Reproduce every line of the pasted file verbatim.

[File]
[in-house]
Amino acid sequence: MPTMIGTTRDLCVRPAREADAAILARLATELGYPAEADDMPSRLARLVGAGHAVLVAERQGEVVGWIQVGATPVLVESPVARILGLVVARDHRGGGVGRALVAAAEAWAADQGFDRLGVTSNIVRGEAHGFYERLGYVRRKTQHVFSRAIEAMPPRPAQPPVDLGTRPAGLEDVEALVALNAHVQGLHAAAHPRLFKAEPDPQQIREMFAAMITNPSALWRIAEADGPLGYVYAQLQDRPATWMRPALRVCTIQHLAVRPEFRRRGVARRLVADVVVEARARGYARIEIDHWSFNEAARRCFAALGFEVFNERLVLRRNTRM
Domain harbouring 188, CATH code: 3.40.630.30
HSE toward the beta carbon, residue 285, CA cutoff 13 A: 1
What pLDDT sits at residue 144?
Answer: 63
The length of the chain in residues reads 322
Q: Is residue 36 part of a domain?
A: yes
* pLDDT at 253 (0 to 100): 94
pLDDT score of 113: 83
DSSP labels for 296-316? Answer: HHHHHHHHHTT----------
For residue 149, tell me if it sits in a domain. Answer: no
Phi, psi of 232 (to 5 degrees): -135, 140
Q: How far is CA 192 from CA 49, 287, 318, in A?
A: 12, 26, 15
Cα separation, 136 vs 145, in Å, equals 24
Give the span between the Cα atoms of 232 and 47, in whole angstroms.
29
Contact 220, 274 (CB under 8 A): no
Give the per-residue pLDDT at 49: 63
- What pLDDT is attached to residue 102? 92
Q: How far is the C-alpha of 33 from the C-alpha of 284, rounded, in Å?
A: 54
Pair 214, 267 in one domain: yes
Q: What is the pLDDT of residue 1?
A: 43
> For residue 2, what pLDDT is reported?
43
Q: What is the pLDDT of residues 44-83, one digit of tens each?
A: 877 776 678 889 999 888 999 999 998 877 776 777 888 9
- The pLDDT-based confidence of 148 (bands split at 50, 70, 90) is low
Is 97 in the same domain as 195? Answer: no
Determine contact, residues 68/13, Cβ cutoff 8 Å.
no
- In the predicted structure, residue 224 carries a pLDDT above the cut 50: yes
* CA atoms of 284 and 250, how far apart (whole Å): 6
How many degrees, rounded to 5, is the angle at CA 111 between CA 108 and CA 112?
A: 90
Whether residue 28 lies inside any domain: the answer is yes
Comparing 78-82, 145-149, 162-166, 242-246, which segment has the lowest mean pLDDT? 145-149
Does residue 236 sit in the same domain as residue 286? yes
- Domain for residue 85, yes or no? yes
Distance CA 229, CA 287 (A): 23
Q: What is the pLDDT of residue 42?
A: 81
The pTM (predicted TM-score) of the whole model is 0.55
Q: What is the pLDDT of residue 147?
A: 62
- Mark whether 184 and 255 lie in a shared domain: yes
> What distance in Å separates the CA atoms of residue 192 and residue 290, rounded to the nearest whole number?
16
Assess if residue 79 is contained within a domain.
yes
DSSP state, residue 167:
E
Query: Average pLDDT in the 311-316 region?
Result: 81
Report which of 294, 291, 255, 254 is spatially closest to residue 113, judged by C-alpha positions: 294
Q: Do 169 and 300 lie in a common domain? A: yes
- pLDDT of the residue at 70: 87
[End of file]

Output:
[in-house]
Amino acid sequence: MPTMIGTTRDLCVRPAREADAAILARLATELGYPAEADDMPSRLARLVGAGHAVLVAERQGEVVGWIQVGATPVLVESPVARILGLVVARDHRGGGVGRALVAAAEAWAADQGFDRLGVTSNIVRGEAHGFYERLGYVRRKTQHVFSRAIEAMPPRPAQPPVDLGTRPAGLEDVEALVALNAHVQGLHAAAHPRLFKAEPDPQQIREMFAAMITNPSALWRIAEADGPLGYVYAQLQDRPATWMRPALRVCTIQHLAVRPEFRRRGVARRLVADVVVEARARGYARIEIDHWSFNEAARRCFAALGFEVFNERLVLRRNTRM
Domain harbouring 188, CATH code: 3.40.630.30
HSE toward the beta carbon, residue 285, CA cutoff 13 A: 1
What pLDDT sits at residue 144?
Answer: 63
The length of the chain in residues reads 322
Q: Is residue 36 part of a domain?
A: yes
* pLDDT at 253 (0 to 100): 94
pLDDT score of 113: 83
DSSP labels for 296-316? Answer: HHHHHHHHHTT----------
For residue 149, tell me if it sits in a domain. Answer: no
Phi, psi of 232 (to 5 degrees): -135, 140
Q: How far is CA 192 from CA 49, 287, 318, in A?
A: 12, 26, 15
Cα separation, 136 vs 145, in Å, equals 24
Give the span between the Cα atoms of 232 and 47, in whole angstroms.
29
Contact 220, 274 (CB under 8 A): no
Give the per-residue pLDDT at 49: 63
- What pLDDT is attached to residue 102? 92
Q: How far is the C-alpha of 33 from the C-alpha of 284, rounded, in Å?
A: 54
Pair 214, 267 in one domain: yes
Q: What is the pLDDT of residue 1?
A: 43
> For residue 2, what pLDDT is reported?
43
Q: What is the pLDDT of residues 44-83, one digit of tens each?
A: 877 776 678 889 999 888 999 999 998 877 776 777 888 9
- The pLDDT-based confidence of 148 (bands split at 50, 70, 90) is low
Is 97 in the same domain as 195? Answer: no
Determine contact, residues 68/13, Cβ cutoff 8 Å.
no
- In the predicted structure, residue 224 carries a pLDDT above the cut 50: yes
* CA atoms of 284 and 250, how far apart (whole Å): 6
How many degrees, rounded to 5, is the angle at CA 111 between CA 108 and CA 112?
A: 90
Whether residue 28 lies inside any domain: the answer is yes
Comparing 78-82, 145-149, 162-166, 242-246, which segment has the lowest mean pLDDT? 145-149
Does residue 236 sit in the same domain as residue 286? yes
- Domain for residue 85, yes or no? yes
Distance CA 229, CA 287 (A): 23
Q: What is the pLDDT of residue 42?
A: 81
The pTM (predicted TM-score) of the whole model is 0.55
Q: What is the pLDDT of residue 147?
A: 62
- Mark whether 184 and 255 lie in a shared domain: yes
> What distance in Å separates the CA atoms of residue 192 and residue 290, rounded to the nearest whole number?
16
Assess if residue 79 is contained within a domain.
yes
DSSP state, residue 167:
E
Query: Average pLDDT in the 311-316 region?
Result: 81
Report which of 294, 291, 255, 254 is spatially closest to residue 113, judged by C-alpha positions: 294
Q: Do 169 and 300 lie in a common domain? A: yes
- pLDDT of the residue at 70: 87